What do anemia and diabetes have in common?

Understanding the Link Between Anemia and Diabetes

Nov 14, 2022Shopify API

Having one may put you at a higher risk of the other—here's what you should know. Diabetes and anemia are two conditions that, at first glance, might seem unrelated. However, these two disorders have a closer link than most people might think. That’s not to say that everyone who has iron-deficiency anemia will develop diabetes or vice-versa, but having one could very well increase your risk of the other if you don’t treat the root source of the problem.

In this blog, we’ll explore the intricate relationship between diabetes and anemia, delving into how diabetes can increase your risk of developing anemia, the effects of certain diabetes medications can have on hemoglobin levels, the potential for anemia to influence blood glucose readings, and effective strategies for managing both conditions effectively.

1. Increased risk of anemia and diabetes 

You're probably aware that diabetes can wreak havoc on various parts of the body, with the kidneys taking a significant hit in severe cases. This damage often necessitates dialysis treatment for those affected because their kidneys struggle to effectively remove excess waste from the bloodstream.

The connection between diabetes and kidney health boils down to how high blood sugar levels over time can either directly damage the kidneys' intricate network of blood vessels or lead to elevated blood pressure—both scenarios spell trouble for kidney function.

As a result of this damage, there's a notable drop in the production of erythropoietin, a critical hormone that signals your body to ramp up the production of red blood cells. It's simple: with less erythropoietin being produced, your body ends up making fewer red blood cells. This dip in red blood cell production places you at a higher risk for anemia, highlighting the importance of managing diabetes not just for its direct effects, but also for its role in potentially triggering other conditions like anemia.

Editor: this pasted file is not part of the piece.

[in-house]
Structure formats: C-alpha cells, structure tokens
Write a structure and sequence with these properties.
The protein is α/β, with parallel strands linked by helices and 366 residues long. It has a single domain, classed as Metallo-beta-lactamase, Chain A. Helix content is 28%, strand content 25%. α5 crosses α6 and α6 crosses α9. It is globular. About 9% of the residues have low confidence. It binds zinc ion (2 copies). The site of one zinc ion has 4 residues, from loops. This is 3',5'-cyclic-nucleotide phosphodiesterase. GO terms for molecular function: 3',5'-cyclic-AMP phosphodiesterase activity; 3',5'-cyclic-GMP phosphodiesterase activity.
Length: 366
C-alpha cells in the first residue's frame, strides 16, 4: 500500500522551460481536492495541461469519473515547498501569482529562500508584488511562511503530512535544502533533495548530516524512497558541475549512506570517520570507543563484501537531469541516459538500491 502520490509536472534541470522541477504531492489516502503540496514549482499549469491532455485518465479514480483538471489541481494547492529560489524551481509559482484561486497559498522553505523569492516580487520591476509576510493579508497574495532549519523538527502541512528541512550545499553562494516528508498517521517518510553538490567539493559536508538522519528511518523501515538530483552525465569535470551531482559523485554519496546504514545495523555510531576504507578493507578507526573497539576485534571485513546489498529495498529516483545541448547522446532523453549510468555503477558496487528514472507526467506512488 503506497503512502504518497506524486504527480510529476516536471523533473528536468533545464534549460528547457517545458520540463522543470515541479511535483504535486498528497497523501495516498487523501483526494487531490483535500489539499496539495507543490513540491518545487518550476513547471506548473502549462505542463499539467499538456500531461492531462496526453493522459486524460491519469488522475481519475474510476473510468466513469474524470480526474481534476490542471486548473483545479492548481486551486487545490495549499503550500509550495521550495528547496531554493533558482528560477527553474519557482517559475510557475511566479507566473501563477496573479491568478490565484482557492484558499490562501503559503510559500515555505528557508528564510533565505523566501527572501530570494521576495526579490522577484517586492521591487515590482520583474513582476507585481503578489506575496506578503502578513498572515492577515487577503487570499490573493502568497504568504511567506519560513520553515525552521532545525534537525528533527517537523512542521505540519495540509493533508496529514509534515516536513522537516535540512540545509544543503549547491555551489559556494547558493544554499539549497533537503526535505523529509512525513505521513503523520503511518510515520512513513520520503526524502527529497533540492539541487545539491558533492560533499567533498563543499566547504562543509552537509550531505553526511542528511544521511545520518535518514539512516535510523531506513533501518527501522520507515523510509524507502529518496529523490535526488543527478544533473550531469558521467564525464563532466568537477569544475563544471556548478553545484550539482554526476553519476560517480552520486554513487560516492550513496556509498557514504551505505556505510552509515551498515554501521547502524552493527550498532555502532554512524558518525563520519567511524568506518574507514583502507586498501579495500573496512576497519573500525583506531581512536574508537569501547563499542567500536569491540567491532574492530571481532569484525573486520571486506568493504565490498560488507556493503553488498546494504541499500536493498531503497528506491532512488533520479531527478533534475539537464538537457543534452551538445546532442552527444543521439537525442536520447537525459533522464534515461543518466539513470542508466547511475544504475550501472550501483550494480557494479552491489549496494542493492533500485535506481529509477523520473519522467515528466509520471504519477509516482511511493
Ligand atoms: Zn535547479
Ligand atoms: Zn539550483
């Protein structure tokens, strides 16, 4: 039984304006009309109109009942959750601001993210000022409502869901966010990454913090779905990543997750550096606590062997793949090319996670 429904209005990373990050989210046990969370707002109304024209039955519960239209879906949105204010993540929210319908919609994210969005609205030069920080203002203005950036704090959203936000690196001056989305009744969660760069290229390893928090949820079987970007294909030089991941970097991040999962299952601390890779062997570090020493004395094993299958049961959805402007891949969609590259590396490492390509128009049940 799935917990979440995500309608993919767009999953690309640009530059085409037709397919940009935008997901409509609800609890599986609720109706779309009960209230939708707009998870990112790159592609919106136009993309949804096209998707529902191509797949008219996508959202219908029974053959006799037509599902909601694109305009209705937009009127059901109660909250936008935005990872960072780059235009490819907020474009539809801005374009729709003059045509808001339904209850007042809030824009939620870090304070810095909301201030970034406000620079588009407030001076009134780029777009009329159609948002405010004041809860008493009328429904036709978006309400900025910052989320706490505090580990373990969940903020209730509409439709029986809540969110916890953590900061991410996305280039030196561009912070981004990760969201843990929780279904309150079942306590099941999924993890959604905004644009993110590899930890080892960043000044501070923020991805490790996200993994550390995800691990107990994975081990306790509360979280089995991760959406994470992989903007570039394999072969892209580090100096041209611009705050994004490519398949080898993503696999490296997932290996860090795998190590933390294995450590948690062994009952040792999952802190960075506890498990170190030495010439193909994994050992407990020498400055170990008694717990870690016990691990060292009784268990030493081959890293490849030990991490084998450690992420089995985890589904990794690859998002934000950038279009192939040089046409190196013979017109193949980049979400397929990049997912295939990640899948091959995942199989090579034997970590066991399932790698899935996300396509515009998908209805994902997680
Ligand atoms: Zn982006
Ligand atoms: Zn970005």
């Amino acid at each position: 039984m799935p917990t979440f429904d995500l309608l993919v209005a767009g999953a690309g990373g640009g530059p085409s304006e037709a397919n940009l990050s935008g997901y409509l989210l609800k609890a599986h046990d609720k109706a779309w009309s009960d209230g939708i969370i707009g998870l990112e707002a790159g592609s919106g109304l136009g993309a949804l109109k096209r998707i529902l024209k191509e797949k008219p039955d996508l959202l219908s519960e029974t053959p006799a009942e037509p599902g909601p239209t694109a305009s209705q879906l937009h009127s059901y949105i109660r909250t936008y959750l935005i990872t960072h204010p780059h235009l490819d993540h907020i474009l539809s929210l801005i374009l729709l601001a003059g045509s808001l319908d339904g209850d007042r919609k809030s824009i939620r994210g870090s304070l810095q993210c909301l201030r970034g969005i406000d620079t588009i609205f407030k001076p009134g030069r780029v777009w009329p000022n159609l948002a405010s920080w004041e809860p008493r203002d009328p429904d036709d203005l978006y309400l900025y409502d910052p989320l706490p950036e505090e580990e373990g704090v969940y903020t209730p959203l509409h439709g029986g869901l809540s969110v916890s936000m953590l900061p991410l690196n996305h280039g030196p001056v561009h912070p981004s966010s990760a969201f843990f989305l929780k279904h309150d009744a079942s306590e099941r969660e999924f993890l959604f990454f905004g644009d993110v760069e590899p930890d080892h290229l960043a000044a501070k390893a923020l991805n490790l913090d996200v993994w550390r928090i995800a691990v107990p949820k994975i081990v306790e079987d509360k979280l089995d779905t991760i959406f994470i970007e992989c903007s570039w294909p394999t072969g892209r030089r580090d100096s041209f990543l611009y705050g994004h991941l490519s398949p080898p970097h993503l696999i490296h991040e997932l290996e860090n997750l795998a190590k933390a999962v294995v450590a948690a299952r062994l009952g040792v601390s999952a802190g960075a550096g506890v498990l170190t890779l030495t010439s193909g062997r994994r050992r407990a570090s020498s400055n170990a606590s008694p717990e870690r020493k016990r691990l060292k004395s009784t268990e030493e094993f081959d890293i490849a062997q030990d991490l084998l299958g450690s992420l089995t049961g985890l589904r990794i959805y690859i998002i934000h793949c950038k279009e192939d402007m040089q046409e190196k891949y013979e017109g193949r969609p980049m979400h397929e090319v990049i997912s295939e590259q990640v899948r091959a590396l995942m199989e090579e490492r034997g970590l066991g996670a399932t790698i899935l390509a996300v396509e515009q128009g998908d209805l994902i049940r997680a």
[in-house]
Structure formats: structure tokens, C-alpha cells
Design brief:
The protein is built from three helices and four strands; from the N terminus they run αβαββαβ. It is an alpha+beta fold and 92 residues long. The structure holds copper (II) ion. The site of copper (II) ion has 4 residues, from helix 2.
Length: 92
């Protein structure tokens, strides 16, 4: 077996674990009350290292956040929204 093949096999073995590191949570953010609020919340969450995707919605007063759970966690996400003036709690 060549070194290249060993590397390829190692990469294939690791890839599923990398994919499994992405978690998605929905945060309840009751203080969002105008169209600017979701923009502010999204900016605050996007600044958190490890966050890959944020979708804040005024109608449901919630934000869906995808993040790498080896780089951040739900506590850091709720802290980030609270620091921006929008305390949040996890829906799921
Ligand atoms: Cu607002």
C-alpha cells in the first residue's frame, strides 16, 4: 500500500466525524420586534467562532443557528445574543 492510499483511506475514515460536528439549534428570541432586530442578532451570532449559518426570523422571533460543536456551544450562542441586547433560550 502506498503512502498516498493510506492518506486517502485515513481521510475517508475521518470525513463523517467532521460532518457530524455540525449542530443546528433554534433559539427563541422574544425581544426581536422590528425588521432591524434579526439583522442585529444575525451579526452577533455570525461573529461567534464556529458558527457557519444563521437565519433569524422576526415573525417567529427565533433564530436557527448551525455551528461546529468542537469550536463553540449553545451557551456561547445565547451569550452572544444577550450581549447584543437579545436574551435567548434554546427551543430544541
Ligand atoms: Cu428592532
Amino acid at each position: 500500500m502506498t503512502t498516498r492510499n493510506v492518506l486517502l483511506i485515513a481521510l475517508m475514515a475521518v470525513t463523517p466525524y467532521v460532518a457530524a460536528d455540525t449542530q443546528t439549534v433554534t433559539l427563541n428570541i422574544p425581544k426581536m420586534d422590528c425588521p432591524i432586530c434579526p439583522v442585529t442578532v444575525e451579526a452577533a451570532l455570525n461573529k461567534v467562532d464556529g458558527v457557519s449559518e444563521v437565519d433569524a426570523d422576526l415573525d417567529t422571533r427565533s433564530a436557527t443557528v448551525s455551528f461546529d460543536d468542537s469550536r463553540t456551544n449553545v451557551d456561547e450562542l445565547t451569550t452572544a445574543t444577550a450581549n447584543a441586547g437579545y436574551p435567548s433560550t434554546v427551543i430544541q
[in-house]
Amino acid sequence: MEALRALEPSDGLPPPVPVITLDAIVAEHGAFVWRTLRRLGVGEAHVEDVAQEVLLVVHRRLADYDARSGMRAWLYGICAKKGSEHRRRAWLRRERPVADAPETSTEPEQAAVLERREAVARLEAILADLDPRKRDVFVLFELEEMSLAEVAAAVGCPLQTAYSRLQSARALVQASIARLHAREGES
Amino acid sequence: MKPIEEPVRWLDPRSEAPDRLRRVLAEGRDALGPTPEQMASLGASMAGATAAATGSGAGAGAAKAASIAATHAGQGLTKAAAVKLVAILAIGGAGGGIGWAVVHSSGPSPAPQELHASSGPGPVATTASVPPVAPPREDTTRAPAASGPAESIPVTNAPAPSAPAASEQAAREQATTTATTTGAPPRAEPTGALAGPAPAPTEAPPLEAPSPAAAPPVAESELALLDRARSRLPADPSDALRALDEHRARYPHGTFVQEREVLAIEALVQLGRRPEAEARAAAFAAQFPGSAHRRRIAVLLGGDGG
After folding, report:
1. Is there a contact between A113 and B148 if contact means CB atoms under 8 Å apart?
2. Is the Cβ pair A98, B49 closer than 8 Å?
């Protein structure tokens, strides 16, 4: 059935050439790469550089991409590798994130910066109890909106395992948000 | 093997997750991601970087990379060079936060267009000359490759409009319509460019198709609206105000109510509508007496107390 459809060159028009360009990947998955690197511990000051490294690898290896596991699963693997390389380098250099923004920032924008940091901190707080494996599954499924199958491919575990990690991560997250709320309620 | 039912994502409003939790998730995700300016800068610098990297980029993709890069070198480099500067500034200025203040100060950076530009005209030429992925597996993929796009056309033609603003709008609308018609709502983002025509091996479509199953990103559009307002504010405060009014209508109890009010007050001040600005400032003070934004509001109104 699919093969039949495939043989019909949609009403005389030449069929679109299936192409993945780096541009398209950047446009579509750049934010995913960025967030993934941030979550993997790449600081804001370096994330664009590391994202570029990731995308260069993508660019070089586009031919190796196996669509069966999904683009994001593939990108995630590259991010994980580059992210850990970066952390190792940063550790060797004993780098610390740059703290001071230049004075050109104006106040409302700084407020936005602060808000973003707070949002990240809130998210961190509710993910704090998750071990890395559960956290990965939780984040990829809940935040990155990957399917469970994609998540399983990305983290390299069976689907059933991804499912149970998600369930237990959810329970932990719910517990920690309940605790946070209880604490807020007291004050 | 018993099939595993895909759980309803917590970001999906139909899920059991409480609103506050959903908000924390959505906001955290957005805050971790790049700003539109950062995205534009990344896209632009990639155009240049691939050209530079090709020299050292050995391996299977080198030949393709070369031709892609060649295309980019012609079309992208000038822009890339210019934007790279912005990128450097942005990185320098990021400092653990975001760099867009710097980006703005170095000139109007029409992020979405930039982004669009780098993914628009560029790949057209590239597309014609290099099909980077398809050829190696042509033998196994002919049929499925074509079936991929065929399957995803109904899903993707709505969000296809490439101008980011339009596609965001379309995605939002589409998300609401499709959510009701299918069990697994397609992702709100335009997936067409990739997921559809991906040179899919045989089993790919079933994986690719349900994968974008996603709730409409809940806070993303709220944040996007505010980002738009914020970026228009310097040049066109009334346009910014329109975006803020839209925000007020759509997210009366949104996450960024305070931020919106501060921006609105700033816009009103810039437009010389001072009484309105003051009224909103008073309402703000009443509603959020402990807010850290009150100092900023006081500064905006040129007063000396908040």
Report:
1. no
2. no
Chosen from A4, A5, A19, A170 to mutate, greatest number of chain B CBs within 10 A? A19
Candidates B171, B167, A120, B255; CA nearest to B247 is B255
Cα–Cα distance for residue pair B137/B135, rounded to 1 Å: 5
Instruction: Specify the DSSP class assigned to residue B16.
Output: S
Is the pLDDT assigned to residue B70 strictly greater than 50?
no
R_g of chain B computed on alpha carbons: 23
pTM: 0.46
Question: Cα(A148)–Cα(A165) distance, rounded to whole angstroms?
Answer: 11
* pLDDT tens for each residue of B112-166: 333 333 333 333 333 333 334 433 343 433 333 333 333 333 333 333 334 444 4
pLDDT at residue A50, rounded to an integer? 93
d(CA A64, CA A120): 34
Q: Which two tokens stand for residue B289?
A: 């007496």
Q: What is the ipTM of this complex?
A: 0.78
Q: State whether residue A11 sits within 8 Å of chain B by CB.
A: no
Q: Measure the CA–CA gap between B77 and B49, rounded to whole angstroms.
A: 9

2. Some diabetes medications can affect your hemoglobin levels

Certain medications used to manage diabetes, notably Metformin, have been associated with decreased levels of Vitamin B12. Since Vitamin B12 plays a crucial role in the formation of red blood cells, a deficiency can lead to lowered hemoglobin levels and, consequently, an increased risk of anemia. It's important for individuals taking diabetes medications to be aware of this potential side effect and consult with their healthcare provider to adjust their treatment plan if necessary.

3. How anemia can impact your blood glucose readings

Have you ever wondered if anemia affects the accuracy of your blood glucose monitors? Some studies indicate that the reduced capacity of anemic blood to carry oxygen might lead to inconsistencies in glucose readings. While researchers are still piecing together the exact mechanisms, this finding highlights the crucial need for you to regularly test both your glucose levels and hemoglobin, particularly if you're navigating the challenges of both diabetes and anemia.

4. Managing anemia and diabetes together

If you're dealing with diabetes, anemia, or both, adopting a comprehensive management strategy is key. This means making dietary choices that bolster your blood health should be at the top of your list. If you’re looking for guidance on iron-rich foods to fight anemia, refer to our previous blog, What to Eat if I'm Anemic

Of course, medication management and regular monitoring of health indicators are just as important. If you have any concerns about how your diabetes medication might be affecting your hemoglobin levels, discussing these with your healthcare provider is crucial. They can help adjust your medication or recommend supplements to address any nutrient deficiencies.


Stay Informed: Monitor Your Hemoglobin Levels Easily with AnemoCheck

Keeping track of your hemoglobin levels doesn't have to be complicated. Tools like AnemoCheck offer a straightforward way for you to monitor your blood health. With just a simple fingernail selfie, you can get an estimated reading of your hemoglobin levels, making it easier than ever to stay on top of your health.

Understanding the complex relationship between diabetes and anemia is essential for effective management. By staying informed about the risks, effects, and strategies for managing these conditions, you can better tackle the challenges they present. Remember, regular check-ins with your healthcare provider and diligent monitoring of your blood health are your best allies in managing these interconnected conditions and enhancing your quality of life.

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